Hair today, gone tomorrow

One of the main focuses of cancer, in particular for women, is hair loss. Which is no surprise if you think about how much a woman’s hair is integral to her identity and her power as a female. I could easily bang on about the importance of female head hair being an ingrained belief perpetuated by a patriarchal society obsessed with body image, but at the end of the day, going bald due to something completely out of your control is fucking shit. It can utterly strip away a woman’s sense of self, a sense that is already being poisonously eroded by the superabundance of other side effects. Treatment that is saving our lives is greeting us with a human ballbag when we look in the mirror. A small price to pay some may say, but those ‘some’ often still have all their follicles in tact.

I had no idea how I would react to becoming a baldy mc balderson. I’ve been a hirsute chameleon over the years; short, long, red, purple, massive emo fringe, bleached bits. But when it came to the ultimate chop (very kindly done by lovely hairdresser friend in the comfort of my own home) my only thought was ‘bloody hell my head’s cold’. It felt freeing, not only from a daily routine perspective, but in a psychological way. Perhaps helping in my precarious journey to ‘self discovery’ (something applicable to most thirty-somethings)? Maybe that was what Britney was attempting circa 2007? (Utmost respect to Britney, she is a shining sequin queen). I try to think about this aspect on days when I’m staring into the potato faced abyss. And I’m grateful that my twisty brain decided to see things from this point of view, because I know it can shatter some women.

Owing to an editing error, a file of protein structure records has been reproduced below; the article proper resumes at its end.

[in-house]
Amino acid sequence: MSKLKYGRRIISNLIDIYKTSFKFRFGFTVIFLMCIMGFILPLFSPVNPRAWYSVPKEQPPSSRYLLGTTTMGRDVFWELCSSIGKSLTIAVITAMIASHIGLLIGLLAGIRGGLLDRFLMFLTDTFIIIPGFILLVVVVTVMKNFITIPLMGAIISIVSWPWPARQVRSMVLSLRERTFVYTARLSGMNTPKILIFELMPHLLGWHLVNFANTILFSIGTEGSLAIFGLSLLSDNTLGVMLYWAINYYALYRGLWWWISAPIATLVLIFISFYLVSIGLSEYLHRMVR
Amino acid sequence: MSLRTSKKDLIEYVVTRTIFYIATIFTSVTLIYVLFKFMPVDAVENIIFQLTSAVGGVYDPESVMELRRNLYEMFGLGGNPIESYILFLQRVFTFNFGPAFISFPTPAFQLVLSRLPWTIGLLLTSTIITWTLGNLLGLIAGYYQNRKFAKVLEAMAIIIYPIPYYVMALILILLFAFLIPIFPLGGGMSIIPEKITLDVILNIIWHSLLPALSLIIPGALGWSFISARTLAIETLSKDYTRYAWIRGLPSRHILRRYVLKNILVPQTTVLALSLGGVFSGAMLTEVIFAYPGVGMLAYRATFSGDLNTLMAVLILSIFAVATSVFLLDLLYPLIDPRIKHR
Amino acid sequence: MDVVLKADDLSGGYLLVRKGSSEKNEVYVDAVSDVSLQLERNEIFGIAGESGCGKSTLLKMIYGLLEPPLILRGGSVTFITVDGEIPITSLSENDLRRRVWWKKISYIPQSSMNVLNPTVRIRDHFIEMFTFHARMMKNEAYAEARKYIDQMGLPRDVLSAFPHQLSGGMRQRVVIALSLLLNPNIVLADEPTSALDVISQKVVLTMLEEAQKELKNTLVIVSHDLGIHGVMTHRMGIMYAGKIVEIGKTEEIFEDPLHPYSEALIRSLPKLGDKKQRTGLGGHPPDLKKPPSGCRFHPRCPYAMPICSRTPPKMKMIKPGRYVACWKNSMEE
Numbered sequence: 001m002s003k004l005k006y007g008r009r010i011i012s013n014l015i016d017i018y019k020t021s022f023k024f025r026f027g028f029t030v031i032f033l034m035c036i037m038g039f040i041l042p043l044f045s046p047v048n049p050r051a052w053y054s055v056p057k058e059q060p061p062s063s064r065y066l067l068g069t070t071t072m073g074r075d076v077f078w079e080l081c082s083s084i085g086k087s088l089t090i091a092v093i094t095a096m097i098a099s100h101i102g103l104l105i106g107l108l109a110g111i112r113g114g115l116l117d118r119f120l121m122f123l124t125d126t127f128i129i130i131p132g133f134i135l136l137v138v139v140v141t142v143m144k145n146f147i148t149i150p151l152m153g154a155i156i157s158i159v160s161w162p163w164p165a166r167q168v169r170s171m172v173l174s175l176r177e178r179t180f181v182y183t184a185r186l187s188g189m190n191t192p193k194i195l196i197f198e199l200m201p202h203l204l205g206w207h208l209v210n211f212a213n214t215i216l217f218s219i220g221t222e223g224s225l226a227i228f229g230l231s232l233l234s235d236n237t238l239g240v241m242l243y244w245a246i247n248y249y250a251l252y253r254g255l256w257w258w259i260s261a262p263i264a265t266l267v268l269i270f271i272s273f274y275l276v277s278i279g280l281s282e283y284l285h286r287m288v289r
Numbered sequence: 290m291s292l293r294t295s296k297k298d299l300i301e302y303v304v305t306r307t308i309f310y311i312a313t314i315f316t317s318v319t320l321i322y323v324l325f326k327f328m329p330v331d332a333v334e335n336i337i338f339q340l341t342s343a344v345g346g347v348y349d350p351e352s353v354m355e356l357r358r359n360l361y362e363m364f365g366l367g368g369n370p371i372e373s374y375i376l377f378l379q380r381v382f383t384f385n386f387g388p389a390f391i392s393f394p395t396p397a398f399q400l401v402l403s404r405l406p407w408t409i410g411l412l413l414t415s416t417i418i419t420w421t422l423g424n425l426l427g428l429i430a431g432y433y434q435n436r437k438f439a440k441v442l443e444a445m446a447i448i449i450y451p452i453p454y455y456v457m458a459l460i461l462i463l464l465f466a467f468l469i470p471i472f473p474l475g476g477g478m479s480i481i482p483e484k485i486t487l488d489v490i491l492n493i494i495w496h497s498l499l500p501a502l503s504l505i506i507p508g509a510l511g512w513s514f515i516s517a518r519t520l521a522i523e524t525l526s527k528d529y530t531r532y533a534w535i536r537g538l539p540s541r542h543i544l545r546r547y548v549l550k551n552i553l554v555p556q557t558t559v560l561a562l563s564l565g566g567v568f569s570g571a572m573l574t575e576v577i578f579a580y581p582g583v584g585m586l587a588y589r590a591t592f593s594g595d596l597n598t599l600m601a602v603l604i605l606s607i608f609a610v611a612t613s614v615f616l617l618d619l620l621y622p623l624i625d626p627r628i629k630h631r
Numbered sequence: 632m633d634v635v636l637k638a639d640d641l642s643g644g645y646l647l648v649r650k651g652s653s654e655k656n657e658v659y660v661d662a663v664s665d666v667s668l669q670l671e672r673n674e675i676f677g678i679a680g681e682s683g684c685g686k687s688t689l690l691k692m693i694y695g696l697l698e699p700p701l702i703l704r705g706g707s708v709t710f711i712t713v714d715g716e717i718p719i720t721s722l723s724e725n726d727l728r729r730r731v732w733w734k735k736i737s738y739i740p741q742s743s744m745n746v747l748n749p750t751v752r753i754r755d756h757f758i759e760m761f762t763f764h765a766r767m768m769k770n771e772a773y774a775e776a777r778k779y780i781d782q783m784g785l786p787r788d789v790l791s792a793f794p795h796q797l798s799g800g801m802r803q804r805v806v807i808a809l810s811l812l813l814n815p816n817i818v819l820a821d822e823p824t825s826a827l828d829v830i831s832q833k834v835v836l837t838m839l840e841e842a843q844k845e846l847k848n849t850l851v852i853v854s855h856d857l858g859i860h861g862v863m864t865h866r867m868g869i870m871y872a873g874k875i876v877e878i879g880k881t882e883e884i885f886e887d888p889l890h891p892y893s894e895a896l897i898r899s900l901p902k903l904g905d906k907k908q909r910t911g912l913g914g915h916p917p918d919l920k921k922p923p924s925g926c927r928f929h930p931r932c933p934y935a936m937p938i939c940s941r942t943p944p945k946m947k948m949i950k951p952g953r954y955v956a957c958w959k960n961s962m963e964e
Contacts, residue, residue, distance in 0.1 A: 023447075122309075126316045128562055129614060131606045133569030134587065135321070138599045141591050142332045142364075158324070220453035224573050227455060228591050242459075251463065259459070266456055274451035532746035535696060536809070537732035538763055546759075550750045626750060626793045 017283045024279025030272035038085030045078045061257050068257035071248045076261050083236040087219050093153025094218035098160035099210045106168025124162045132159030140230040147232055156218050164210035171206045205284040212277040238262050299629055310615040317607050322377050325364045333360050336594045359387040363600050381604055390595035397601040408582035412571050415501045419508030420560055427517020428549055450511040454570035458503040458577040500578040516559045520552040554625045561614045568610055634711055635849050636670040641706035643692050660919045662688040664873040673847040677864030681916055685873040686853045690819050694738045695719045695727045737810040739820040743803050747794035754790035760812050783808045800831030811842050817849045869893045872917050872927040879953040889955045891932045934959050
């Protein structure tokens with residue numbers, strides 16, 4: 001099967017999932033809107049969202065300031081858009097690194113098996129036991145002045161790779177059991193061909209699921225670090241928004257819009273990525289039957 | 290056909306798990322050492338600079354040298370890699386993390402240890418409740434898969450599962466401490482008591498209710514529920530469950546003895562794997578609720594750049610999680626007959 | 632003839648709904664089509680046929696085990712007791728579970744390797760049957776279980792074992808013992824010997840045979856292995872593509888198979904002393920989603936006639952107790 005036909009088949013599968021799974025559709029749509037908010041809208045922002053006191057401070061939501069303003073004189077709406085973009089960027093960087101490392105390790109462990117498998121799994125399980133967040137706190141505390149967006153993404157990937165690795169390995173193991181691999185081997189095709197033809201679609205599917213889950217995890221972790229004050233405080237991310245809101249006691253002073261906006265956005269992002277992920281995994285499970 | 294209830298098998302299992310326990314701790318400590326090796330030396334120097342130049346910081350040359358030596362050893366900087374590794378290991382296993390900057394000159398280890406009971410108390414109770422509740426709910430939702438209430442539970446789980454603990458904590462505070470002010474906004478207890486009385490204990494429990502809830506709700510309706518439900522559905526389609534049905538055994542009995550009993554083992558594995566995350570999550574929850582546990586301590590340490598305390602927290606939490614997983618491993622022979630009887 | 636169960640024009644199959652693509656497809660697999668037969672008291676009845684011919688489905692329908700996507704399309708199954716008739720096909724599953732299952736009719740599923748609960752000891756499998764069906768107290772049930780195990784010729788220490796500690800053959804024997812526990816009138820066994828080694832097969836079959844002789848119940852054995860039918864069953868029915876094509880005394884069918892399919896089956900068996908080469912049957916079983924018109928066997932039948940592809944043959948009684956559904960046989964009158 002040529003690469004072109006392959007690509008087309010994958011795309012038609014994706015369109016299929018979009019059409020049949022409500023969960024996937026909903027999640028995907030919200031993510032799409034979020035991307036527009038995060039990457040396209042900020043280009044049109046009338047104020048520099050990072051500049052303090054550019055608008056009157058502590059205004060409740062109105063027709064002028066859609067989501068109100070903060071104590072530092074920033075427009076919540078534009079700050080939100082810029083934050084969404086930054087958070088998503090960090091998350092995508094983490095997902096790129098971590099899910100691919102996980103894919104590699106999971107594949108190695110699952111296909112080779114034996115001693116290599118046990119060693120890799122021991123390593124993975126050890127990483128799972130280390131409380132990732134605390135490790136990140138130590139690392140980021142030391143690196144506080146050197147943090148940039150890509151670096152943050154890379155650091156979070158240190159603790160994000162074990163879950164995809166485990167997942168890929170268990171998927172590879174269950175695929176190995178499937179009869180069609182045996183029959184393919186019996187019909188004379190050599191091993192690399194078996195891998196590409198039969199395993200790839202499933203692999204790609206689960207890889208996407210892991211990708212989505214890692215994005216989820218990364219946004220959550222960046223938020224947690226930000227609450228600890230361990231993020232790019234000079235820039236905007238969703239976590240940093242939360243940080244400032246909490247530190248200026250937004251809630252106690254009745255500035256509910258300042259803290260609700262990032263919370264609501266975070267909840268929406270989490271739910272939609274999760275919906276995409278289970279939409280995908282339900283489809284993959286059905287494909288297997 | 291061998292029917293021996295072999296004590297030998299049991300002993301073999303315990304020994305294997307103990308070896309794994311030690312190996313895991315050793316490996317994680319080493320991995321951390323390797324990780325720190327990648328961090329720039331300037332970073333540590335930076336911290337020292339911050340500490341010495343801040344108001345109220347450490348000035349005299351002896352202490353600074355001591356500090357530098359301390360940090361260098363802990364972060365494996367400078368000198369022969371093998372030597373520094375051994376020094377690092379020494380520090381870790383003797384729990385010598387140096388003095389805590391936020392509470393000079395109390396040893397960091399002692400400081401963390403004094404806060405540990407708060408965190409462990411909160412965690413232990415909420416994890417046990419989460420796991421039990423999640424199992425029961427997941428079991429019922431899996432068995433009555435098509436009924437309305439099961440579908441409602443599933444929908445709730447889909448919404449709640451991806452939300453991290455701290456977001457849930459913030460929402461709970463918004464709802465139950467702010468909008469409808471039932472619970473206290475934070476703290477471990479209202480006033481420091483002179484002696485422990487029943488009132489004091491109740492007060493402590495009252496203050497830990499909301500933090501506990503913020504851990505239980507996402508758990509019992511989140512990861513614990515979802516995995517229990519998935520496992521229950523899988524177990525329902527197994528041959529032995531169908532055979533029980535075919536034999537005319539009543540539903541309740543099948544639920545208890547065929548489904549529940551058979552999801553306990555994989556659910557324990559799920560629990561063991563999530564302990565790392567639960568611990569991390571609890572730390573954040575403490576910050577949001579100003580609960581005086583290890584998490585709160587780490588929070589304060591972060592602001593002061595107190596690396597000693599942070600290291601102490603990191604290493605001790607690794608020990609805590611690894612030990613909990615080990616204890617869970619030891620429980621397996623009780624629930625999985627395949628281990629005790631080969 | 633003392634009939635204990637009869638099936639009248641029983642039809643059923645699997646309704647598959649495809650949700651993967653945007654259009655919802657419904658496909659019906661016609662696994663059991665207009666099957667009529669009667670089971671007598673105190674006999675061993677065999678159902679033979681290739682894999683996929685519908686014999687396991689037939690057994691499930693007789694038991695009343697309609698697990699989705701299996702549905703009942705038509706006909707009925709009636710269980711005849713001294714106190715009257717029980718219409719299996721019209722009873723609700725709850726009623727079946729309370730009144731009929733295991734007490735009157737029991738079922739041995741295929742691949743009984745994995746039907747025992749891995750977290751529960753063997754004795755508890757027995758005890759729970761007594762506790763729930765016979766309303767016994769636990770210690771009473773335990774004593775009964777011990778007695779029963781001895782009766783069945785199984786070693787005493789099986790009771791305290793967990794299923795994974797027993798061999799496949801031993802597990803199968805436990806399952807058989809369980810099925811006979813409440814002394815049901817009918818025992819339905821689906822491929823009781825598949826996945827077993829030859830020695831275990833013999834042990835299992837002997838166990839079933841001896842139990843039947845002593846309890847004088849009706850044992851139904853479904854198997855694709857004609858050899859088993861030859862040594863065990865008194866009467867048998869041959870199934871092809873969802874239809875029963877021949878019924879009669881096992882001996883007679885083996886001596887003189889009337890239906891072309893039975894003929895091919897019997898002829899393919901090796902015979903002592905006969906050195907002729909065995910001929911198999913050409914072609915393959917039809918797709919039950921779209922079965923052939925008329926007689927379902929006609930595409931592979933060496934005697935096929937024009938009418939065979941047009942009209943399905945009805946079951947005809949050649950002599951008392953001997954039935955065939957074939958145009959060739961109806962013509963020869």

When you are preparing for treatment you are indeed given options such as the cold cap, a science fiction-esque contraption that squats upon your dome during your chemotherapy session and freezes your hair follicles so the drugs don’t affect them as much. But it seemed an added (and non guaranteed, some hair loss is still inevitable) pain in the bumhole. And to anyone who knows me, you will understand what reaction I had to the word ‘freezes’. I had visions of being wrapped in fifty layers of scarves, mewling like pathetic cat left out in the rain. I did see a woman at my last session carrying off the process with style and aplomb, but when it comes to the cold, I am severely aplomb-less to say the least.

Even though I am so far unperturbed by my sphinx cat appearance, I did partake in the buying of a wig, because hey, when else can I fantasise about being a male drag artist? Cancer patients can pay a 60 odd quid prescription fee and get a wig worth double; I went to the incredibly helpful folks at Trendco in Hove and was sold on the first one the woman suggested. True trade mastery at it’s finest. And now I have a fetching brunette bob to accompany my emerald coloured velvet dress for the office Christmas do! Maybe I shall create a whole new persona on the night; say bonjour to Angélique, the 1920s French poet with a penchant for assassination. Maybe? Non?

NB: for those who want the nitty gritties, my leg hair, eyebrows and eyelashes are holding in there so far. Pits and bits as bare as a freshly sanded floorboard. You’re welcome.

2 thoughts on “Hair today, gone tomorrow”

  1. Super post, Tash. Losing your hair is traumatic for all of us – though my admission of getting old is a far cry from your experience. The Sinead O’Connor look is fantastic though.

    Je me dire que Angélique serait une femme fatale – absolument!

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  2. Hi Tash, I feel your pain here on the other side of the world. My best friend underwent chemo and bought a long glossy brown wig. She was stopped at traffic lights in her car one day when a guy in the car behind lightly bumped her – the wig flew off. A very white faced man got out and walked round to her window and said “Oh thank God it’s a wig, I thought I’d knocked your head off!”

    Like

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